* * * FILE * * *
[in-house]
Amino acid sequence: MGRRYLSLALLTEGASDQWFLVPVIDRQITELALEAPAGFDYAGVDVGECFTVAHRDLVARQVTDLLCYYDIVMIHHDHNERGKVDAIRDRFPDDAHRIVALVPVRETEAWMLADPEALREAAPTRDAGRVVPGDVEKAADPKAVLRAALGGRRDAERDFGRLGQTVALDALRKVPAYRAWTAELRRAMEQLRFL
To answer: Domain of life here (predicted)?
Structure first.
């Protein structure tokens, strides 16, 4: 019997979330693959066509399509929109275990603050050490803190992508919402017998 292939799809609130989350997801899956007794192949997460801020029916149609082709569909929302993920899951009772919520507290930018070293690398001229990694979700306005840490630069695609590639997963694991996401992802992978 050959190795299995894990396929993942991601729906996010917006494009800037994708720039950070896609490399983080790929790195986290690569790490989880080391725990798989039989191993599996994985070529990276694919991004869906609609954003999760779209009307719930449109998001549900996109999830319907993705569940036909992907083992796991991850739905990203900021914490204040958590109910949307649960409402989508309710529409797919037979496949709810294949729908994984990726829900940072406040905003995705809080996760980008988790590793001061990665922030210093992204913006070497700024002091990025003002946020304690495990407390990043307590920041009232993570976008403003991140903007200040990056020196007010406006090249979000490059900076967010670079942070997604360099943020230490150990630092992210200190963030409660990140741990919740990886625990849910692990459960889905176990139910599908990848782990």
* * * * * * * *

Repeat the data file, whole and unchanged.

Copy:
[in-house]
Amino acid sequence: MGRRYLSLALLTEGASDQWFLVPVIDRQITELALEAPAGFDYAGVDVGECFTVAHRDLVARQVTDLLCYYDIVMIHHDHNERGKVDAIRDRFPDDAHRIVALVPVRETEAWMLADPEALREAAPTRDAGRVVPGDVEKAADPKAVLRAALGGRRDAERDFGRLGQTVALDALRKVPAYRAWTAELRRAMEQLRFL
To answer: Domain of life here (predicted)?
Structure first.
């Protein structure tokens, strides 16, 4: 019997979330693959066509399509929109275990603050050490803190992508919402017998 292939799809609130989350997801899956007794192949997460801020029916149609082709569909929302993920899951009772919520507290930018070293690398001229990694979700306005840490630069695609590639997963694991996401992802992978 050959190795299995894990396929993942991601729906996010917006494009800037994708720039950070896609490399983080790929790195986290690569790490989880080391725990798989039989191993599996994985070529990276694919991004869906609609954003999760779209009307719930449109998001549900996109999830319907993705569940036909992907083992796991991850739905990203900021914490204040958590109910949307649960409402989508309710529409797919037979496949709810294949729908994984990726829900940072406040905003995705809080996760980008988790590793001061990665922030210093992204913006070497700024002091990025003002946020304690495990407390990043307590920041009232993570976008403003991140903007200040990056020196007010406006090249979000490059900076967010670079942070997604360099943020230490150990630092992210200190963030409660990140741990919740990886625990849910692990459960889905176990139910599908990848782990």